As we know, LDP in Chinese pharmacopeia was assessed by the content of two active compounds, paeonol (83) from CM and loganin from Cornus officinalis, but content determination of only two active compounds cannot fully reflect the holistic quality of LDP. There are many articles reporting HPLC fingerprint of LDP condensed pills, but few articles have identified the common chromatographic peaks due to lack of reference standards. In a recent study, Q-TOF-MS-IDA-MS/MS method was employed for the qualitative determination of eighteen chromatographic peaks without reference standards. By comparing the HPLC chromatographic fingerprints of LDP condensed pills and CM extract, it is confirmed that paeonol (83), paeoniflorin (12). mudanpioside C (20) and oxypaeoniflorin (8), galloylpaeoniflorin (15), benzoylpaeoniflorin contained in LDP condensed pills come from CM [135].
Metabolomics was initially proposed as a powerful approach for comprehensively profiling endogenous metabolites at a cellular or organ level [136]. LC-MS based metabolomics approaches are being successfully employed in many evaluations of the holistic quality of medicinal herbs. UPLC-QTOF-MS based metabolomics coupled with characteristic ion exploration, a novel and practical strategy was proposed for the rapid evaluation of holistic quality variations caused by the sulfur-fumigation of CM [137]. The results suggested that sulfur-fumigation could significantly affect the holistic quality of CM by chemically transforming pinane monoterpene glucosides, the main bioactive components of CM, to their corresponding sulfonate derivatives. Similarly, Xiao Chaoni et al. proposed a HPLC–MS method to gain deeper insights for revealing metabolomic variations in different root parts of CM in order to enable quality control [138]. The results suggested that the axial roots have higher quality than the lateral roots in CM due to the accumulation of bioactive secondary metabolites associated with plant physiology. Liu Jianhua et al. [139] established a method which combined serum pharmacochemistry with multiple data processing approach to screen the bioactive components and their metabolites in CM by UPLC-MS. The results, obtained from a comprehensive comparative analysis of the fingerprints of the CM and its metabolic fingerprints in rat biological samples, indicated that 23 components in the CM were absorbed into the rat body. In addition, only seven components were found in the metabolic fingerprints, which suggested that they might be metabolites of some components in the CM.

5.2.4. GC Analysis

GC and GC-MS are unanimously accepted methods for the analysis of volatile constituents of TCMs, due to their sensitivity, stability and high efficiency [140]. To analyze the constituents of CM methanol extract from five growing areas (Tongling, Bozhou, Diangjiang, Yuncheng and Jiaxing), GC-MS and NIST05 database were used to analyze the constituents of CM extract, then the result was verified by principal components analysis (PCA) and partial least squares and discriminant analysis (PLS-DA) [141]. Forty-one constituents were identified in CM extract, 21 of which were common constituents. Among them, aromatic and fatty acid compounds were main constituents, accounting for more than 80% of the total extract. In addition, there were some differences in the relative contents and types of chemical constituents of CM from different growing areas.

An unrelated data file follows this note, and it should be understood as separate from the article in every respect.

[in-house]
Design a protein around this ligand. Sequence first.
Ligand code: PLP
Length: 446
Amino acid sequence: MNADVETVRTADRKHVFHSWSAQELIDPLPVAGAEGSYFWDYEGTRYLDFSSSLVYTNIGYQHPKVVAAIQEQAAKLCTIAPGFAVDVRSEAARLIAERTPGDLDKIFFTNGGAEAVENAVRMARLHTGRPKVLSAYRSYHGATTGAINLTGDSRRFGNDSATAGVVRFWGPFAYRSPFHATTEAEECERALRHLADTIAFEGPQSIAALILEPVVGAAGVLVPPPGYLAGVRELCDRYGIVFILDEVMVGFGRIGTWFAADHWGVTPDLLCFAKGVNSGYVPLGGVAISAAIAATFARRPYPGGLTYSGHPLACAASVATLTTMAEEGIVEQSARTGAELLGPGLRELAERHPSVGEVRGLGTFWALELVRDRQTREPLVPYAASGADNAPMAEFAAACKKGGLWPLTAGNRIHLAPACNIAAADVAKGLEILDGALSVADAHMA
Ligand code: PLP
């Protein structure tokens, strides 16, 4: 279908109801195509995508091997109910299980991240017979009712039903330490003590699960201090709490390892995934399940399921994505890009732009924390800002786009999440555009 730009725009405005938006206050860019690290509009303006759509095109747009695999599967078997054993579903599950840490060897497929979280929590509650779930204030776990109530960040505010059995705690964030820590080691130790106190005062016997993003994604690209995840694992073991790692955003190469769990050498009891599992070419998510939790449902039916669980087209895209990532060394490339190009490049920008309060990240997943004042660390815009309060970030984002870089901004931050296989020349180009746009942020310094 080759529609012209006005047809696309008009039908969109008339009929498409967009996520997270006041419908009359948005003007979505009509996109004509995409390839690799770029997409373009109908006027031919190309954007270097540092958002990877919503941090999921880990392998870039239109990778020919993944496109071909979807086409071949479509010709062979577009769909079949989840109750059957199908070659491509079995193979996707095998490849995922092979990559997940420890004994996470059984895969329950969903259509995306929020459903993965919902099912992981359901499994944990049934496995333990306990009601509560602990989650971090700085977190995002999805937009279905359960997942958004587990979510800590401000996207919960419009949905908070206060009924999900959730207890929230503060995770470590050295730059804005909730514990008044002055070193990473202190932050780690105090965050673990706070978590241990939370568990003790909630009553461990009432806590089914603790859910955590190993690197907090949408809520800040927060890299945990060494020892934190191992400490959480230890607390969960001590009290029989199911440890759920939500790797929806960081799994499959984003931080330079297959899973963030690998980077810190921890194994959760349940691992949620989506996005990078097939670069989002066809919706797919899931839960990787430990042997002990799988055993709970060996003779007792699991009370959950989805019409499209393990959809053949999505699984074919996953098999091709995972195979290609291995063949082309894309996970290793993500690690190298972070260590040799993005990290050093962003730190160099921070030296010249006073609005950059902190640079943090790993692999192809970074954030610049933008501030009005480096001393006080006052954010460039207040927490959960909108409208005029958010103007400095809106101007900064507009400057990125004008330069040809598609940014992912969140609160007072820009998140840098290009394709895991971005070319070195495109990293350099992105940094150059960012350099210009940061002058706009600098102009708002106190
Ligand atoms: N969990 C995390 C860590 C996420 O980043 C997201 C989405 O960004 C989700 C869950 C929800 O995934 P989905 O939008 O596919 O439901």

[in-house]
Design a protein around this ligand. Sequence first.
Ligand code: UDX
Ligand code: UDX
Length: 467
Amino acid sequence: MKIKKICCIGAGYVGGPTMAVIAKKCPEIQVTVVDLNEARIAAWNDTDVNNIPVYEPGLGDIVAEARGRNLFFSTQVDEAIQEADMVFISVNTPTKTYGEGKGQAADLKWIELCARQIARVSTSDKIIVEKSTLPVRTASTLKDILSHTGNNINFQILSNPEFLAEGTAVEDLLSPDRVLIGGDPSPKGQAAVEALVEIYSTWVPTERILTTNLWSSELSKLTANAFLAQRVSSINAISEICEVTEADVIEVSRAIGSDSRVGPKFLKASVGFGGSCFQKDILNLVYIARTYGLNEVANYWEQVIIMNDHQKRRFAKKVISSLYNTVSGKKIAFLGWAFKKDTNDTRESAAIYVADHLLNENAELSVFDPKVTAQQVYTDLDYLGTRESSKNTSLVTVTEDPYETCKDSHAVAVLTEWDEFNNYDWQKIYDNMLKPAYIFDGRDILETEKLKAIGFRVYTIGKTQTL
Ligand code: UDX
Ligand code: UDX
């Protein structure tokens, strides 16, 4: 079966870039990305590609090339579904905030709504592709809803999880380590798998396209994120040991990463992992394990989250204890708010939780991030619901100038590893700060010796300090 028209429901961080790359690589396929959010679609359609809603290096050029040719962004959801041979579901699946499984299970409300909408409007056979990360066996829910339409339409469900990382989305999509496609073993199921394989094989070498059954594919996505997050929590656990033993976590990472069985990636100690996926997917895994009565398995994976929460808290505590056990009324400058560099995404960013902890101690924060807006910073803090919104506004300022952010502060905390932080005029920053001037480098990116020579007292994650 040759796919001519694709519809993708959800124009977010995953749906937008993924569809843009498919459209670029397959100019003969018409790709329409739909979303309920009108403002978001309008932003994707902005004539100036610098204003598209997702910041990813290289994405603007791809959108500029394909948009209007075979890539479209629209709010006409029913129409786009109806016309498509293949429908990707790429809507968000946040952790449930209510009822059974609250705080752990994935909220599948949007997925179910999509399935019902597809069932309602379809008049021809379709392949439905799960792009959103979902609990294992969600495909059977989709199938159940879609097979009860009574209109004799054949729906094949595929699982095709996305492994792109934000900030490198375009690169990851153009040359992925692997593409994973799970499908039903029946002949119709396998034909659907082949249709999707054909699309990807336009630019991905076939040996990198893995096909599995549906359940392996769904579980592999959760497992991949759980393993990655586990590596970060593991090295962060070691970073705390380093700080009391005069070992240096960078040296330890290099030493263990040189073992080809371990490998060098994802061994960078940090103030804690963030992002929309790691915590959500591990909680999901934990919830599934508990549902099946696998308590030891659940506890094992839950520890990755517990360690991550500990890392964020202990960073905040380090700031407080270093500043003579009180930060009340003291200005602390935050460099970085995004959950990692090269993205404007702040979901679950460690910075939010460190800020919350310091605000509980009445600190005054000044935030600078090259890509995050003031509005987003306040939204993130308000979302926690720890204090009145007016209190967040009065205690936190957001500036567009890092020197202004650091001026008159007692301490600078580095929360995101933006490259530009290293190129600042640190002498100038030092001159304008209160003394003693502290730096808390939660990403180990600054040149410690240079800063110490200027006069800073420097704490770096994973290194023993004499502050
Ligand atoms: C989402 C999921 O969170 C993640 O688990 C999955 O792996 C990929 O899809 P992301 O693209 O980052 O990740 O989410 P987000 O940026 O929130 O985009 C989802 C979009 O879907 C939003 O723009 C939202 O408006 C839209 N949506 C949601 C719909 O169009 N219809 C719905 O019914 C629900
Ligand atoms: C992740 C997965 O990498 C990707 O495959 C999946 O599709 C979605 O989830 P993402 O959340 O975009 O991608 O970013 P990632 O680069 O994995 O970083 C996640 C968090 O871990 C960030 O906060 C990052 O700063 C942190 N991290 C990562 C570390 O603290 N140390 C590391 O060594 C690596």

5.2.5. CE Analysis

Capillary electrophoresis is increasingly important for the quality control of herbal drugs due to its minimum sample and solvents consumption, short analysis time and high separation efficiency [142]. Recent years, the application of CE on the analysis of herbal medicines has become an active area of study. CM contains a series of water-soluble tannins. Wu Yating et al. develop a rapid and efficient method based on HPLC and CE, using a phosphate eluent and a 5C18-MS separating column, successfully analyze eight tannins at detection wavelength of 280 nm. The detection limit for the marker substances varied from 0.04 to 0.93 µg/mL for the HPLC method and 0.02 to 0.36 µg/mL for the CE method [143]. Furthermore, micellar electrokinetic capillary chromatography (MEKC) is a well-established separation mode of CE. The merit of HPLC is also emerged in MEKC, which is particularly useful for the analysis of complex mixture. MEKC and LC were applied to determine paeonol (83) and paeoniflorin (12) in CM respectively. The optimized buffer system containing 10 mM borate and 25 mM SDS at pH 9.5 were employed. Good linear behavior was exhibited over the investigated concentration range. It was shown that no significant difference was found in the analysis of CM by the developed MEKC and HPLC methods [144].
Electrochemical detection (ECD) typically operated in the amperometric mode can be coupled with CE to provide high sensitivity and selectivity for the determination of electro-active substances [145]. Chen Gang et al. establish a method based on capillary electrophoresis with electrochemical detection for the separation and determination of paeoniflorin (12), sucrose, paeonoside (84), glucose, and fructose in CM [146,147]. As the primary metabolites, sucrose, glucose, and fructose are found widely presented in plants and higher contents of sugars can indicate the better quality of some herbal drugs [148]. This CE-ECD method is characterized by its higher resolution and sensitivity, lower expense of operation and less amount of sample. Besides, the main advantage of CE as an analytical technique for the analysis of plant samples is that the capillary is much easier to wash.